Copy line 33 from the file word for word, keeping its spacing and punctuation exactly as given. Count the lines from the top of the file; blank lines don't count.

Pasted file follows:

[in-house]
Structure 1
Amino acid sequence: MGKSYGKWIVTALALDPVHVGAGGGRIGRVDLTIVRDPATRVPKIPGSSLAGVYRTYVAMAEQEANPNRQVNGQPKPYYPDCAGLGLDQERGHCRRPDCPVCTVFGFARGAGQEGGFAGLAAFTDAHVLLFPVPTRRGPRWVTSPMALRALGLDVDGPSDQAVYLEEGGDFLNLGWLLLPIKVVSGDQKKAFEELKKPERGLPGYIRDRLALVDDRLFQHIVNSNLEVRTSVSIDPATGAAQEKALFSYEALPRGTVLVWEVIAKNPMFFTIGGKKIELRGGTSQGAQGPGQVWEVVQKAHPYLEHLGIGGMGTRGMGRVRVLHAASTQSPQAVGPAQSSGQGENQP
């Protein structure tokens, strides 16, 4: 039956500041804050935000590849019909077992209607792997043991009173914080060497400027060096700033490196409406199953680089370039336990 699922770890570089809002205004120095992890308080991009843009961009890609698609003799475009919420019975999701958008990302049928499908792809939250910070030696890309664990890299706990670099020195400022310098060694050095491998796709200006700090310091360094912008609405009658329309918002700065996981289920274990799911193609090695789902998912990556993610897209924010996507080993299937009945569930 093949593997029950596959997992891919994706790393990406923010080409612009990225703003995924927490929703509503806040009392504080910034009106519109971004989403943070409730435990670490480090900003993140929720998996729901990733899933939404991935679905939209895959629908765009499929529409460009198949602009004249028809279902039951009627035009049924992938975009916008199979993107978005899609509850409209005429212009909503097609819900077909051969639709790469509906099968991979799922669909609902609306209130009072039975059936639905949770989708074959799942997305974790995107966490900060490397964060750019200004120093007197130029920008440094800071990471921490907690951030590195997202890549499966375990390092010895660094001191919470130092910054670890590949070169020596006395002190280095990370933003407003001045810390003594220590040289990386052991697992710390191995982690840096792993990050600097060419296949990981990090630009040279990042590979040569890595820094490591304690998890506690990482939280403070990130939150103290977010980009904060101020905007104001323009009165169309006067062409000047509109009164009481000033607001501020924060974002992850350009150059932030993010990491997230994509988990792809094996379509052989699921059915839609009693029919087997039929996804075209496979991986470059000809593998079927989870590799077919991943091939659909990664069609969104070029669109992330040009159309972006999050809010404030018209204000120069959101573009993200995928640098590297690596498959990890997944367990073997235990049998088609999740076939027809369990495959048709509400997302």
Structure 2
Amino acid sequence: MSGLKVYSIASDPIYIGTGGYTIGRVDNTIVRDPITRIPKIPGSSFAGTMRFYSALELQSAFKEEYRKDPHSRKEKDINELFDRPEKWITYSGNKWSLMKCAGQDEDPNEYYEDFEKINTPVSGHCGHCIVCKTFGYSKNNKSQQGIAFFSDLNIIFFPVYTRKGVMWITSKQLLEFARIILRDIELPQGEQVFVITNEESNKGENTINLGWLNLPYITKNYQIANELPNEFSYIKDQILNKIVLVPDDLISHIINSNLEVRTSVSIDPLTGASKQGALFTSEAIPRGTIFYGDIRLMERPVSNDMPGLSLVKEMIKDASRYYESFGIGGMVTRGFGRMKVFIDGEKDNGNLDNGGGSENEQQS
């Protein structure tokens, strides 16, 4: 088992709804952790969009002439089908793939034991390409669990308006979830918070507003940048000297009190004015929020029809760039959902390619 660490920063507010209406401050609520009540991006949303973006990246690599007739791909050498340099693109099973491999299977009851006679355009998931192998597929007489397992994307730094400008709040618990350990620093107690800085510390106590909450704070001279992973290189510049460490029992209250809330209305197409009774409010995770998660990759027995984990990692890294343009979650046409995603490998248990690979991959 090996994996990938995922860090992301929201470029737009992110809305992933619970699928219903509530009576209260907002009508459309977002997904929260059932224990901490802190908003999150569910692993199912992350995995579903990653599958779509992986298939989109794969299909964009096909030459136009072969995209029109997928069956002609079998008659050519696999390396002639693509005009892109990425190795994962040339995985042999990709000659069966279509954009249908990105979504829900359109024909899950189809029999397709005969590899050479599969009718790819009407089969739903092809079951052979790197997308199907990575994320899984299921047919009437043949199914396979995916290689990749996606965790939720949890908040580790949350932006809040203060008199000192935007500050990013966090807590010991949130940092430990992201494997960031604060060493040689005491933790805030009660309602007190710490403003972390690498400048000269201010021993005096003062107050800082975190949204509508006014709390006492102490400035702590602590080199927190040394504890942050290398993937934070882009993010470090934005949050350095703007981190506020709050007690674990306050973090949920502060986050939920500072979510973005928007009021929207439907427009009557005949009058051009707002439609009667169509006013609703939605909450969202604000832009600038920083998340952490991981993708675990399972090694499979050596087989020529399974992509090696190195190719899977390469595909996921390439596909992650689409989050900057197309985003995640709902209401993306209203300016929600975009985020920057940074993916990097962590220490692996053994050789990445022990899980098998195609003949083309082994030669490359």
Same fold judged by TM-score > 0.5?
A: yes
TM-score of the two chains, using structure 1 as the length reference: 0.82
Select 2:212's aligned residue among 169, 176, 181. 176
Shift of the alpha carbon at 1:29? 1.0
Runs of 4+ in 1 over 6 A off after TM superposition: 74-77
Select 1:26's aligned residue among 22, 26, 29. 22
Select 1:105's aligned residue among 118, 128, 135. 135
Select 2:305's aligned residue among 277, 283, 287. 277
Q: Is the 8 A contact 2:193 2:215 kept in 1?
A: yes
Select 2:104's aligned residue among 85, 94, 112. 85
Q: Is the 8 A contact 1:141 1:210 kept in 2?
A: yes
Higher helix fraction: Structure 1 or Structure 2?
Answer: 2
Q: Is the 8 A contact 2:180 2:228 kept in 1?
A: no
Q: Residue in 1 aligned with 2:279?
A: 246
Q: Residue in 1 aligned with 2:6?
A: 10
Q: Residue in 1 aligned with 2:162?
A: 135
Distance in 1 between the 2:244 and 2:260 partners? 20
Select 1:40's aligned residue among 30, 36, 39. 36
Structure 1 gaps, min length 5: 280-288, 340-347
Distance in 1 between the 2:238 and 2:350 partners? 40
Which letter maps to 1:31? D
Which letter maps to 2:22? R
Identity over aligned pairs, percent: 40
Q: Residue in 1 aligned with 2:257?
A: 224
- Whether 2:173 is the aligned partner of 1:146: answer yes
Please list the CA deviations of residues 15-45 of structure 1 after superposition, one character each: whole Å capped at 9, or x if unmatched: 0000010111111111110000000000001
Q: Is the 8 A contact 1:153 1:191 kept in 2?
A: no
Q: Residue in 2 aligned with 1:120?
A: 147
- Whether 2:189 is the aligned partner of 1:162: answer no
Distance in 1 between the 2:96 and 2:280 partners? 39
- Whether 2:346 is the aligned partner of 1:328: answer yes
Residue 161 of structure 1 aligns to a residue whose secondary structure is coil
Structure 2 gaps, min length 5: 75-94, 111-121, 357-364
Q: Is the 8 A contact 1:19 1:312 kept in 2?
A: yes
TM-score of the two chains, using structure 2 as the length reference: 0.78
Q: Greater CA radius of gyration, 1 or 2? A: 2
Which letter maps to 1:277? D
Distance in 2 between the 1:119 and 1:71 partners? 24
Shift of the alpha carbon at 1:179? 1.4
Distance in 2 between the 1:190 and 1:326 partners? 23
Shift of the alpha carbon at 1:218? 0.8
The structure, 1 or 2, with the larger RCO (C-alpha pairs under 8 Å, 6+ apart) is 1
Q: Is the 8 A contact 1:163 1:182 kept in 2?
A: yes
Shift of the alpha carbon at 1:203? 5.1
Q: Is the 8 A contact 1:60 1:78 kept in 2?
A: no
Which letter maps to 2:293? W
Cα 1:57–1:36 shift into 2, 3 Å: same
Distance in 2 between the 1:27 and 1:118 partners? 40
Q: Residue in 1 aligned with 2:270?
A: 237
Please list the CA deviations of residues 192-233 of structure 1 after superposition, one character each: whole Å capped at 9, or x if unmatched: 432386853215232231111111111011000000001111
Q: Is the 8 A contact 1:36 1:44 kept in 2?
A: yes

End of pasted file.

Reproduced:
Select 1:40's aligned residue among 30, 36, 39. 36